Random Thoughts by Jim Brown
SynAudCon Synergy – Jim Brown takes you on a walk though audio history helps all of us appreciate where we have been and provides a visions for where we are going.
When Brenda asked me to say a few words at the Syn-Aud-Con reunion (me a few words?), it took me only a few beats to choose a topic. It was Synergy, one of several great gifts Don and Carolyn Davis gave our industry. What were the others? First, a respect for all of those giants who have come before us, and upon whose shoulders we stand. In each class, I learned the names of more of them – men like Hilliard, Klipsch, Fletcher, Sabine, and Olson. Later, the list grew to include Peutz, Heyser, D’Antonio, Kolbe, and Chips Davis.
Second was the insatiable curiosity that led Don, and us, off in all directions in search of new insights, new questions, and new answers, and the irrepressible nature that let no sacred cows stand in his way. It was this curiosity that led him to ask, “What if we’ve been doing it wrong in control room design for years, making the front end live and the rear end dead. Maybe we should be doing it the other way around.” Not long after, Chips Davis, who was in that class, called Don, excitedly saying, “I’ve done it!” “What have you done,” Don replied? “I’ve built that control room you talked about!” This concept, which was to be called Live-End- Dead-End (LEDE) (Don also understood marketing) was only one of many major examples of the Synergy upon which Syn-Aud-Con is built. Not only did it change how control rooms are designed, it established the careers of a dozen or more of the consultants who are leaders in our industry – guys like Chips, Russ Berger, Doug Jones, Glen Meeks, Bob Todrank, Neil Muncy, Neil Grant, Charlie Bilello, Hellmuth Kolbe, Peter D’Antonio, Kurt Graffy, Ron McKay, and Ben Kok.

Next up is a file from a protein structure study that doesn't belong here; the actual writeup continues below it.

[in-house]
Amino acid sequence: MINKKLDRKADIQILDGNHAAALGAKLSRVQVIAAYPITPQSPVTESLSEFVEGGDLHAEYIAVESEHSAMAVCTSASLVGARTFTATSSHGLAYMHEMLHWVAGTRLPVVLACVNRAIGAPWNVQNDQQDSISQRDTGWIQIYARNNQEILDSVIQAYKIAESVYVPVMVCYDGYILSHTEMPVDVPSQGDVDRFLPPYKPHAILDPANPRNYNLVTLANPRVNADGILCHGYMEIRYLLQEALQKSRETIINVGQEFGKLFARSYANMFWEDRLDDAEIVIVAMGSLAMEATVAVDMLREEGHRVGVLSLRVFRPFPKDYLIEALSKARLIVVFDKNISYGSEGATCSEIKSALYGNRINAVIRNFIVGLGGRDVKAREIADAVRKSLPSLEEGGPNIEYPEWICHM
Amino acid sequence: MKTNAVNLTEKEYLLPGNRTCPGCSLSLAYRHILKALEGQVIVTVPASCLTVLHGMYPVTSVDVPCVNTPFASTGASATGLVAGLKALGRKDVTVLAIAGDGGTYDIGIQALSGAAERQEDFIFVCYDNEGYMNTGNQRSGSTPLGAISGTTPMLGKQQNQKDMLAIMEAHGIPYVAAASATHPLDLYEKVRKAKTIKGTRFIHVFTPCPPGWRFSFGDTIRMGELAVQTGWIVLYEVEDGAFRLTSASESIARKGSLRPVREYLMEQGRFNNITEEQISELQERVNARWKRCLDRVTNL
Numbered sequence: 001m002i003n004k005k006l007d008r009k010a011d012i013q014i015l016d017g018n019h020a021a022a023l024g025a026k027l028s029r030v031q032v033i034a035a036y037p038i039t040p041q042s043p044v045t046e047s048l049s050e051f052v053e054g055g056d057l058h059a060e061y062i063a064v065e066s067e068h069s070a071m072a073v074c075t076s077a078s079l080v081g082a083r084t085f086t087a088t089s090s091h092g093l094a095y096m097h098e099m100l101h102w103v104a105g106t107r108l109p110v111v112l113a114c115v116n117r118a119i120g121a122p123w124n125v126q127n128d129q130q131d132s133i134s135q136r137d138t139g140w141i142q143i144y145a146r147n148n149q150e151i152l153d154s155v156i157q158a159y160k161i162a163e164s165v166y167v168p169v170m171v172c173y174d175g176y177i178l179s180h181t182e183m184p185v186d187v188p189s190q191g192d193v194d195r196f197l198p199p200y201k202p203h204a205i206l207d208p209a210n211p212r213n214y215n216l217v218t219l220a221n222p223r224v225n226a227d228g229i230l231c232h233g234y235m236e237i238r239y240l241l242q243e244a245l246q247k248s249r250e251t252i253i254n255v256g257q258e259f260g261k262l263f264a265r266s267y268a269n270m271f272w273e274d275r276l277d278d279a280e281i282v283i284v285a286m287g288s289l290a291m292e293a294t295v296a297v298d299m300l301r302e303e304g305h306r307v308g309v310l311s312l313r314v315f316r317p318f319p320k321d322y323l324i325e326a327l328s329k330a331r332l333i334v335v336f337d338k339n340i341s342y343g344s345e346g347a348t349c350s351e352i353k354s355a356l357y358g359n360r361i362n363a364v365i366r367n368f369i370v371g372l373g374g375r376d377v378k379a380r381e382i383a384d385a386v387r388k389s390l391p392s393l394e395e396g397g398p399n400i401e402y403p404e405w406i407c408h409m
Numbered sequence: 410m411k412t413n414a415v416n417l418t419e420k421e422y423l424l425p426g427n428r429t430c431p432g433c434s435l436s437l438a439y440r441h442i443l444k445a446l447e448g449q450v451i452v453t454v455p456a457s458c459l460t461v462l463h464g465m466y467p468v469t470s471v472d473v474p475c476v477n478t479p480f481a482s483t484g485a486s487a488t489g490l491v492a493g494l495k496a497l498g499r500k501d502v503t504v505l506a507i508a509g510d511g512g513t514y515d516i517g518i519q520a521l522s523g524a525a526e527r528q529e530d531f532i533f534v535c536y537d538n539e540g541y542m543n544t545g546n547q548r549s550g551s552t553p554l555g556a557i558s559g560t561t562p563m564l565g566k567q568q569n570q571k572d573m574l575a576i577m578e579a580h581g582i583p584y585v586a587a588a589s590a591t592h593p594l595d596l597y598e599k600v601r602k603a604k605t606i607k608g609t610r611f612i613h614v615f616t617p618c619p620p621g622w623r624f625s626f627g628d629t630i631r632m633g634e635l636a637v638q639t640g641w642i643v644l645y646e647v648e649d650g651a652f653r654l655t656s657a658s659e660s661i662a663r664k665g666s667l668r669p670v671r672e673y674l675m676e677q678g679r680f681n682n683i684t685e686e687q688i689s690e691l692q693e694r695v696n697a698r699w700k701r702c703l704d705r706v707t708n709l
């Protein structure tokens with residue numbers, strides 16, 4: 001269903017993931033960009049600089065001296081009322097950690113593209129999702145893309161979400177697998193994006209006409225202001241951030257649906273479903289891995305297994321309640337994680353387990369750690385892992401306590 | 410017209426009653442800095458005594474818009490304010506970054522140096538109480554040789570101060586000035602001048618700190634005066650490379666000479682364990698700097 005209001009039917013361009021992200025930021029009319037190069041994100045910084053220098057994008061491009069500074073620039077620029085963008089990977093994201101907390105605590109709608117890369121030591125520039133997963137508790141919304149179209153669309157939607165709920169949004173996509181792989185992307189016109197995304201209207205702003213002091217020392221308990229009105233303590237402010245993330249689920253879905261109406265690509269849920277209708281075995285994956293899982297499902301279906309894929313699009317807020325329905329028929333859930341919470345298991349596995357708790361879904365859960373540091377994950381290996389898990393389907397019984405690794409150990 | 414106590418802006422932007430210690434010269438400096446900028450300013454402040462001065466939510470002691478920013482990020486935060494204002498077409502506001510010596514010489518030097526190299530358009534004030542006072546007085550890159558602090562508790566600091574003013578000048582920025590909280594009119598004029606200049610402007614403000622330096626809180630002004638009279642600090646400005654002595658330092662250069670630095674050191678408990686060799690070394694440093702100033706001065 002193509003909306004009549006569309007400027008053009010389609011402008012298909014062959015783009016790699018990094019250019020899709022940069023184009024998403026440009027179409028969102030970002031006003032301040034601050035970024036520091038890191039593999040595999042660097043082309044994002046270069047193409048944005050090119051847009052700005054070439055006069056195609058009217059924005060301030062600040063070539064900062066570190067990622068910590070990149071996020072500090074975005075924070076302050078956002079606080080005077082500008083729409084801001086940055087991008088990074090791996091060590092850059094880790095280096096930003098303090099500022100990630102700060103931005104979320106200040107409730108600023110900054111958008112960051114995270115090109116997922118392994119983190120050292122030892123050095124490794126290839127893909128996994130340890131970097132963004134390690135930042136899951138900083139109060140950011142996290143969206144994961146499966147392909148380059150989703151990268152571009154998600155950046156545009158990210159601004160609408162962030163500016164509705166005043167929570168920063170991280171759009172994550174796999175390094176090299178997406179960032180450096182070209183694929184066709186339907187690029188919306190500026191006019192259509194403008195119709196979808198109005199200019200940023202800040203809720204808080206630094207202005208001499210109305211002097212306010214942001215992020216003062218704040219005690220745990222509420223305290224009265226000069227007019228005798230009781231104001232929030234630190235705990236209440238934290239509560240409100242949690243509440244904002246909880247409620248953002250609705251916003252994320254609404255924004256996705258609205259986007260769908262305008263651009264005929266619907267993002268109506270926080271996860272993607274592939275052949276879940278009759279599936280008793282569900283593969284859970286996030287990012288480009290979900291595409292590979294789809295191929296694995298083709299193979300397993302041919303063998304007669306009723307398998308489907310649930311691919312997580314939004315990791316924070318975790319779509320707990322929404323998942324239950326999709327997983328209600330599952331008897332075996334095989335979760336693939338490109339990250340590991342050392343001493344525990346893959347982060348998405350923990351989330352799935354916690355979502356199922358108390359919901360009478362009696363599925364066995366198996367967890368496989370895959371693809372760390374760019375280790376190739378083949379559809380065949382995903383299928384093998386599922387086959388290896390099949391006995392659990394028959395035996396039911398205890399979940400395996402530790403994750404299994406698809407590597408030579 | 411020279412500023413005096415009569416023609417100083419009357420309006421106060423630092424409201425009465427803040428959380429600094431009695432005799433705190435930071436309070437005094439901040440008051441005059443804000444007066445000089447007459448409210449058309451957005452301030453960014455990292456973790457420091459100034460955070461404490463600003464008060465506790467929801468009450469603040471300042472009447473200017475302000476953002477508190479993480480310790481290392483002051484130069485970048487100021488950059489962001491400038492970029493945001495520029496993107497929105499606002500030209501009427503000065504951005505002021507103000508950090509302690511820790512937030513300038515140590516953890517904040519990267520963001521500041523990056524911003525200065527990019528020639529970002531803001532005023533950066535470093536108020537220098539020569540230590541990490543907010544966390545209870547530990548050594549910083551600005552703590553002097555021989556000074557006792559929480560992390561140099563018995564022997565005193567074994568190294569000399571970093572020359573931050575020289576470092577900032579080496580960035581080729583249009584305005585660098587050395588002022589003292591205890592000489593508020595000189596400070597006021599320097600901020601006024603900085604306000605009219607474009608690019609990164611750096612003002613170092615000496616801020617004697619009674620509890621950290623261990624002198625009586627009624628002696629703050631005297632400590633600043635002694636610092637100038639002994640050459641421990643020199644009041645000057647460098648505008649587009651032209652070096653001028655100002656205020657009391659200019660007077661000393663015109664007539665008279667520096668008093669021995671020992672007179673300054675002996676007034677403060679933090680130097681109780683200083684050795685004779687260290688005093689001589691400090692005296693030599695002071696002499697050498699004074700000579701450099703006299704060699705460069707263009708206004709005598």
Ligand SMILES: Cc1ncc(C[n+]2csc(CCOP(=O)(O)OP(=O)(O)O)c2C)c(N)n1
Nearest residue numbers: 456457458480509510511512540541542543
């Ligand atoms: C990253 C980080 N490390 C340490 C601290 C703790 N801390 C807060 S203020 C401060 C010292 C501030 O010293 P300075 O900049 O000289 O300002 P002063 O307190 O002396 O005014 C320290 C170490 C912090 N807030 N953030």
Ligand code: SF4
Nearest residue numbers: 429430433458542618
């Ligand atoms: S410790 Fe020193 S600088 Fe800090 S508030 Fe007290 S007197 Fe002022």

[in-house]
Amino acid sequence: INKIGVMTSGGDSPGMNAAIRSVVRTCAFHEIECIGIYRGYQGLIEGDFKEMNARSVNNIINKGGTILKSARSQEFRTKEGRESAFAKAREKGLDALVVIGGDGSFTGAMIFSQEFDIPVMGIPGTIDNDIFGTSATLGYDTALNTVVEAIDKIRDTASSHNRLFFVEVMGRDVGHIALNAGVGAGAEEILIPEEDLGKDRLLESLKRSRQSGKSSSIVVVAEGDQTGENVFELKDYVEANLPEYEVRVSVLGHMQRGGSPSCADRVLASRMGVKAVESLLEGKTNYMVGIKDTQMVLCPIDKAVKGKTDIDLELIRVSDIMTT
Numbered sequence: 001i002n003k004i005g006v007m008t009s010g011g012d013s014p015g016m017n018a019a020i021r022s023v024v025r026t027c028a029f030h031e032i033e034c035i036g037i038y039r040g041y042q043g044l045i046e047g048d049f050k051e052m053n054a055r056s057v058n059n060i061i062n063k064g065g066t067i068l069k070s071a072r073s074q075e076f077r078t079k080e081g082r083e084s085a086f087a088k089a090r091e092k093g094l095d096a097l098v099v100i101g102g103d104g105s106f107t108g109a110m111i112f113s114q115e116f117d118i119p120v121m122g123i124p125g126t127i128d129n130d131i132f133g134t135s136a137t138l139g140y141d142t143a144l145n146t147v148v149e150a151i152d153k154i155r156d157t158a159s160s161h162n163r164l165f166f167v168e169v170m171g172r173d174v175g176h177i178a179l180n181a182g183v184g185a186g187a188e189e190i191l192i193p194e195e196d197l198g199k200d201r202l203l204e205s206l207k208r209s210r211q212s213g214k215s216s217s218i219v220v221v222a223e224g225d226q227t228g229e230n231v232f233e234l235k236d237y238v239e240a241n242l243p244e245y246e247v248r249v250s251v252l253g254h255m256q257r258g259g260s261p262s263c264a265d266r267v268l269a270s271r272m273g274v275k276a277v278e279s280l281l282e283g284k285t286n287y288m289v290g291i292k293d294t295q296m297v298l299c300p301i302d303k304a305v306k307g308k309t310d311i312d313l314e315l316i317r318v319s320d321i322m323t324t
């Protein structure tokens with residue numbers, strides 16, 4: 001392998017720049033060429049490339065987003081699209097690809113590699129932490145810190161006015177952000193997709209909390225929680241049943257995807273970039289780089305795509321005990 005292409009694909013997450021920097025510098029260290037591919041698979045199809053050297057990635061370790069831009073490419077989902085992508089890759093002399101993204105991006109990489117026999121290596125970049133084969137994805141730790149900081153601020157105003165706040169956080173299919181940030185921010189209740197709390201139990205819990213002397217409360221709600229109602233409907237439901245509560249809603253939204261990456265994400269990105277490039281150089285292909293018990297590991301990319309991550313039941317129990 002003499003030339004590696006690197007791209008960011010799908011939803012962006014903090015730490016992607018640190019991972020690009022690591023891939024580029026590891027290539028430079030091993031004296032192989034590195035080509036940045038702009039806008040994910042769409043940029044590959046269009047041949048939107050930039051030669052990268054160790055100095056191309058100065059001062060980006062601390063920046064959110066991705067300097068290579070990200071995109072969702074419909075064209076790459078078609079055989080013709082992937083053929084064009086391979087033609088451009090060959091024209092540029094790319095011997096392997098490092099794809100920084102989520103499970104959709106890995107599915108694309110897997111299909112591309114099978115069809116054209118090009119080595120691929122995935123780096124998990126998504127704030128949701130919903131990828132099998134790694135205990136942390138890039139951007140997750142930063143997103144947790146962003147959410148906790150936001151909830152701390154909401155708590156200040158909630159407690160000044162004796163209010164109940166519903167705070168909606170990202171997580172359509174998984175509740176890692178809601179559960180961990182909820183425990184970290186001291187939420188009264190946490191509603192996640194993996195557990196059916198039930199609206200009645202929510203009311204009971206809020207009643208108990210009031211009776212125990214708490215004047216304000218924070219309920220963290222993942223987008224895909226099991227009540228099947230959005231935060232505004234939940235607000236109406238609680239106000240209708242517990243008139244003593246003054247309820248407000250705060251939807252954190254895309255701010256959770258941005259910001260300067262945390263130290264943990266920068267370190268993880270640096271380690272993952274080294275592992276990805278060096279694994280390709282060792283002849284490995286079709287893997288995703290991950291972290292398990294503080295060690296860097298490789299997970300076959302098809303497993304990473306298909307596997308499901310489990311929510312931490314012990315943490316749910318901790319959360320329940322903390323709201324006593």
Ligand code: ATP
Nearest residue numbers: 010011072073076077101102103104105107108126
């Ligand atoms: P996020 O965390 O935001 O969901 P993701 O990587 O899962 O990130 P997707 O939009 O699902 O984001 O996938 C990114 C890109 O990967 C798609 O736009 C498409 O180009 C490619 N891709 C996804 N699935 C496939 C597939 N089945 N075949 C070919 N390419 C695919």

But that was only the beginning of the LEDE idea. Nick Colleran had been thinking about a sound absorbing material for a few years, both on his own, and as a result of attending a Syn-Aud-Con class. His search led him to the manufacturer of Sonex, who had tried to enter the studio market but had gotten nowhere – until Nick took the leap to market it and Syn-Aud-Con helped him do it. Nick’s business (currently Acoustics First) is only one of many either spawned, or given a big boost, by Syn-Aud-Con. Among them are New Frontier Electronics (who brought us SurgeX), Benchmark Media, and RPG Diffusors.
RPG is another interesting story. Peter D’Antonio was a university prof who volunteered to help a friend with a recording studio. That led him to Syn-Aud-Con. Along with him, he brought a strong background in math and physics, including Manfred Schroeder’s Quadratic Residue Diffusion thinking. It wasn’t long before that concept turned the hard rear wall into diffusors, and LEDE rooms started sounding even better! Peter, along with Neil Muncy and Charlie Bilello, further refined the concept with the “reflection-free-zone” between the loudspeaker and the listener.
At Northwestern University, Puddie Rogers was doing landmark research on pinnae cues. Although one of her professors stole her work after she died young of cancer, Gary Kendall and Bill Martens and Doug Jones picked it up and ran with it. I had a small part in that one – I introduced Gary to Doug! Gary and Bill have published extensively on their work, and along with Doug, developed LEDR, a series of test recordings that can be used to evaluate the quality of an LEDE control room. Doug also worked with at least one network television show to use pinnae cues to enhance their stereo soundtracks. So let’s see – out of that one idea (LEDE) alone, we have modern control room design, Sonex QRD’s, pinnae cue research, a dozen or more designers, and at least four companies!
Going back to his days at Altec, Don developed one-third octave equalization and got a major manufacturer to build an analyzer. Out of that came IVIE’s wonderful portable instruments (the IE-30 is one of the best thought-out designs I’ve ever seen), and, much later, the Audio Toolbox.